While using any existing solution is likely to constrain you in some way (because you didn’t design the software exactly according to your needs), and having that happen does have a cost, the development time we saved by using an open-source framework is something I can’t even quantify.

Throughout development, and even now, we get the advantage of bug-fixes and improvements from upstream as well.

Finally, participating in open-source projects is an excellent way to meet potential job candidates.  I have now hired six full time developers at Unity, and two of them I met through open-source projects we were participating in (one of them being Buildbot).

Conclusion: Leverage the power of open-source.  Use open-source tools, contribute to them, and benefit from them.

When plans had to change, we adapted.  But carefully.

A couple months into the development of the project, we realized that it was going to take significantly longer than anticipated to implement a key feature we needed.  When this sort of thing happens, you can be proactive, or you can be reactive.  We were proactive — we immediately re-evaluated our timelines (expanding the project schedule by a few months), updated our project plan, and communicated the new timeline and milestones to relevant people.

I really believe that doing this was key to keeping us focused and not letting us get lax about deadlines.

Conclusion: Plans sometimes have to change, but don’t let timelines creep; actively re-evaluate them.

We did project management.

Throughout the project, the project was carefully managed.  This entailed:

  • Requirements gathering
  • Resource planning with relevant parties (we had to work a lot our IT department, in particular, to plant he procurement of hardware, and we started these conversations during the prototyping phase)
  • Design (complete with architecture diagrams)
  • We kept a project plan with milestones, deliverables, and estimated timelines
  • Day-to-day tasks were managed Kanban-style, in a Trello Board

For a project that took this long, and involved as many resources (and thus monetary investment), I think this project management was key.  It was important to manage in a way that didn’t burden the development process, but I think the project would have taken significantly longer if it hadn’t been managed.

(Aside: This is an example of why I think this manifesto is one of the worst things ever.)

Conclusion: There’s a difference between writing code and developing software.

We had a direct feedback cycle with our customers.

I’ve decided that one of the best things about being an internal tools team is that your customers work with you and you have a direct line to each other at all times.  (Incidentally, one of the worst things about being an internal tools team is that customers work with you and you have a direct line to each other at all times ;-))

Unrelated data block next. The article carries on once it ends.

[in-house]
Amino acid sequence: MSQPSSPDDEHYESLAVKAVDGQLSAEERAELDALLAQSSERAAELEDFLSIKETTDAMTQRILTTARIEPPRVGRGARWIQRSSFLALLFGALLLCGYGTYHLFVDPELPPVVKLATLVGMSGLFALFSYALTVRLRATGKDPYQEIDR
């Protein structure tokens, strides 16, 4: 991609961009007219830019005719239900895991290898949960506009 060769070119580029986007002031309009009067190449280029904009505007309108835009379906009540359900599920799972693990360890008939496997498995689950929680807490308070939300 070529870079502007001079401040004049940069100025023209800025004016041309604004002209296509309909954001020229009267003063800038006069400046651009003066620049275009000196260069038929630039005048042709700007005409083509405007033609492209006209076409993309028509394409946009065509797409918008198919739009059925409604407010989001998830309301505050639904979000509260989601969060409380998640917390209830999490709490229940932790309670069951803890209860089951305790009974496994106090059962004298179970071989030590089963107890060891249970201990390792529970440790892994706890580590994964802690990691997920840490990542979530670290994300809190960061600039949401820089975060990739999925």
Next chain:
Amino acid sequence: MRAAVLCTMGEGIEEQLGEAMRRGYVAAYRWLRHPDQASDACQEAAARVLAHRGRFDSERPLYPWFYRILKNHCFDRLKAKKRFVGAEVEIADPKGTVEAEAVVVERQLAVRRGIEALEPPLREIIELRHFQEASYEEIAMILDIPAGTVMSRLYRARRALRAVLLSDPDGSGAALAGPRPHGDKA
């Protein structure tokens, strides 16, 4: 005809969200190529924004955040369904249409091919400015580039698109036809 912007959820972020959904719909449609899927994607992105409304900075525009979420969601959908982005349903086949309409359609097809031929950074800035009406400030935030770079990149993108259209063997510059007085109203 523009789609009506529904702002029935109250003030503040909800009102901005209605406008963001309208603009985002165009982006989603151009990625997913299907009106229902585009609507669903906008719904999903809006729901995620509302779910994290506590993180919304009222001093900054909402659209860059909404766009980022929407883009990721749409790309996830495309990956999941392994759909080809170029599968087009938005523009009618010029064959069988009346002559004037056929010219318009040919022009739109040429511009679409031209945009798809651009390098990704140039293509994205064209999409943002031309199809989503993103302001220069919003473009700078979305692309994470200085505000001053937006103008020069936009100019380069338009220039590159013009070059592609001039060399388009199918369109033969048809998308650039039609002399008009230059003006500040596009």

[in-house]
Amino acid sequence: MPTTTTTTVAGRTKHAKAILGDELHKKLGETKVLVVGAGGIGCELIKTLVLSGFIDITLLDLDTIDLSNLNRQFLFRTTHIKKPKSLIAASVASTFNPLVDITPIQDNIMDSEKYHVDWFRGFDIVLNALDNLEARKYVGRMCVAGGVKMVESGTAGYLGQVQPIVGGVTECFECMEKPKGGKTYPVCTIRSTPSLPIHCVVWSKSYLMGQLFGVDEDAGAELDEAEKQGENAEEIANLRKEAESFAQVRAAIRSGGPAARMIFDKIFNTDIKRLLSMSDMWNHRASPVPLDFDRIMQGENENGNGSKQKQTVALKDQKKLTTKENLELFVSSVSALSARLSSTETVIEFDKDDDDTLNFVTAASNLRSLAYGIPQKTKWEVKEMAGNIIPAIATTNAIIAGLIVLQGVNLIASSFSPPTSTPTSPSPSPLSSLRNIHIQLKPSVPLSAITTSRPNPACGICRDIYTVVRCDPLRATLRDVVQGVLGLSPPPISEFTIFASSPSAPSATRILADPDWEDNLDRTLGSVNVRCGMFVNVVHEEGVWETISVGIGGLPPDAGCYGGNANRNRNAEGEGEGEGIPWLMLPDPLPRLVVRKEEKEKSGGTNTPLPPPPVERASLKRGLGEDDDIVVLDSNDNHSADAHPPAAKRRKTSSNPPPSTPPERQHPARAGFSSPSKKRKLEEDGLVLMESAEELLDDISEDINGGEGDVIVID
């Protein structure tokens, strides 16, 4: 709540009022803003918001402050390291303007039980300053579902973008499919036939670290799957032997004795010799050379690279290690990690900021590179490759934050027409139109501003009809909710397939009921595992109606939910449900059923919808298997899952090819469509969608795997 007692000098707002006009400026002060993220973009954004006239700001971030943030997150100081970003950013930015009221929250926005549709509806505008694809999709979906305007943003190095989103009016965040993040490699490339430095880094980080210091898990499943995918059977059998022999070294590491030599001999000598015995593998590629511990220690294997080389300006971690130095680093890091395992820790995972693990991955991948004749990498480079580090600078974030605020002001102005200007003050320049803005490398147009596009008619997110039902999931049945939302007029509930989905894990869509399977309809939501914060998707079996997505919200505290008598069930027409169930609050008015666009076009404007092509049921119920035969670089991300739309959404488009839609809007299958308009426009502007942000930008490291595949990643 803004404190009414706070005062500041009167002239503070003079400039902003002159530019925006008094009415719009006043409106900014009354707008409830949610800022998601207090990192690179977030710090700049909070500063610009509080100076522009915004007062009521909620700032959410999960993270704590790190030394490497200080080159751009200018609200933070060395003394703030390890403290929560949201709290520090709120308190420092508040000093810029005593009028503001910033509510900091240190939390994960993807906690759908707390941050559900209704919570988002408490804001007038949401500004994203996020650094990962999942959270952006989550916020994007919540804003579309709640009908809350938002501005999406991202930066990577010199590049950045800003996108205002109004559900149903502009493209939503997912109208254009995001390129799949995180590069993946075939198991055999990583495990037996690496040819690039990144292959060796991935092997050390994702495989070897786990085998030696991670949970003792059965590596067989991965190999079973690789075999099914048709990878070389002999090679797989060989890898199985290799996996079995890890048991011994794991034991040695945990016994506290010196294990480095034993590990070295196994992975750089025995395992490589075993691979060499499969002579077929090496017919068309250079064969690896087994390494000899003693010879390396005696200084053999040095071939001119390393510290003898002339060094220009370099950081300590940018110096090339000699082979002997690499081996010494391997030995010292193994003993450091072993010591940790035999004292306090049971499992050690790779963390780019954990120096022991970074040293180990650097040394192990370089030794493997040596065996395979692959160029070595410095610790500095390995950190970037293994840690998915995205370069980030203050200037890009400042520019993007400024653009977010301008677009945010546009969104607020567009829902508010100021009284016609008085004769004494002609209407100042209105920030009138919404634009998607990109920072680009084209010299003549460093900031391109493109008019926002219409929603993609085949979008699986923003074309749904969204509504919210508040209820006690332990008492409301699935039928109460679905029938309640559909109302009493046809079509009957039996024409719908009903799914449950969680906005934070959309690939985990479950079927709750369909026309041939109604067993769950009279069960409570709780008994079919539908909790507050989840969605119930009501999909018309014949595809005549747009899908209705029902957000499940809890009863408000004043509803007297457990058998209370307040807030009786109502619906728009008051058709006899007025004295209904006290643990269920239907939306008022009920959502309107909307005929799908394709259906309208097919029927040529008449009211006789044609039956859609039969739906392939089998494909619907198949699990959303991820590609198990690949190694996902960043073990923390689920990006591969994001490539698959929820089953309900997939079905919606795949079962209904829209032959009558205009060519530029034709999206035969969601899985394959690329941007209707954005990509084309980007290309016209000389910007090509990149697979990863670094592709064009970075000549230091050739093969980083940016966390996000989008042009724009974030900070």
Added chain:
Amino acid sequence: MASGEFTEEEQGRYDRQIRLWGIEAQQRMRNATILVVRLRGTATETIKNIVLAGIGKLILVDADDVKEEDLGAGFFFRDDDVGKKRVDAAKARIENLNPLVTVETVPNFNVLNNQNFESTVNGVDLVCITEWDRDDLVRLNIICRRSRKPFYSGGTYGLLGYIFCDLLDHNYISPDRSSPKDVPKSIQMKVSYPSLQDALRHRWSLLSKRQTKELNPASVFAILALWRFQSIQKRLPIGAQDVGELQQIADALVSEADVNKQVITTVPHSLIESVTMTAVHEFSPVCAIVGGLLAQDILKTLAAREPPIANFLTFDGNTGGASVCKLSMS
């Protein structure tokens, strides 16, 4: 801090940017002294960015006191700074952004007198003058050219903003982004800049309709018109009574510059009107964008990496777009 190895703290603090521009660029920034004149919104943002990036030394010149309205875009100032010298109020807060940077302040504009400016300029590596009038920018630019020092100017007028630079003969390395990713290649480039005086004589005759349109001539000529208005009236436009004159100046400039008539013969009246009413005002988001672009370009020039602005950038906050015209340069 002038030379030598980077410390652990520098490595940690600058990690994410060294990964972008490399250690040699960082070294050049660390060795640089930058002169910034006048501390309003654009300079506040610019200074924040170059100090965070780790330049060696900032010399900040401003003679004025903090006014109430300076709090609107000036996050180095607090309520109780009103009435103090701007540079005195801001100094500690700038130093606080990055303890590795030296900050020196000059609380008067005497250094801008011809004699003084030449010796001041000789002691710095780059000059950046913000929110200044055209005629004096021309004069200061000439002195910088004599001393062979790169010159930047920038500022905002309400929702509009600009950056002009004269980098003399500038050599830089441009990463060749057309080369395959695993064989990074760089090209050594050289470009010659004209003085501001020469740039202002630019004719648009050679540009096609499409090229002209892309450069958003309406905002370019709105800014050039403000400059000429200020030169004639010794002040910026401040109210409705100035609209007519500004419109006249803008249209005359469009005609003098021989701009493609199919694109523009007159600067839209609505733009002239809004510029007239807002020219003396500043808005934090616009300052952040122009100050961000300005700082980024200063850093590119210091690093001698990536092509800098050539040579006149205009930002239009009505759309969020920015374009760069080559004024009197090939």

We see and talk to our customers in real-time every day.  This meant it was easy for us to do a really iterative development process, which helped us easily prioritize our tasks.

Conclusion: Having a quick and direct feedback cycle helps you prfioritize day-to-day tasks.  This is of course harder if your customers are external, but it’s worth striving for.

We had support, even if that just meant the freedom to fail.

I mentioned before that everyone was skeptical of the project.  But, they let us push forward — perhaps thinking that that we might fail.  We also had support from our IT department, to help us get quotes on hardware, and make rollout plans (because we couldn’t decommission our old solution, we had to roll out a new build farm as part of our project), and support from our development directors when it came to transferring teams over.  We also had a lot of eager members of R&D who were willing to use Katana, even when it came with a lot of bumps and and quirks, all the while giving us feedback to help us make it better.

Conclusion: Anything is possible with enough work, but teams really are more likely to succeed if they have outside support where it’s needed.

So, there you have it.  I’m convinced that these seven reasons helped make the difference between a successful project and a potentially expensive failure.

The Build Team at Unity continues to work on Katana, in addition to many other projects (which are also usually named after Japanese weapons), and the we now have 4 people who have their hands involved in the project in some way (whether it’s working on the backend, working on the front-end, or working on implementing the steady stream of configuration requests from members of R&D).  I fully believe that Katana will be a core part of development at Unity for quite some time.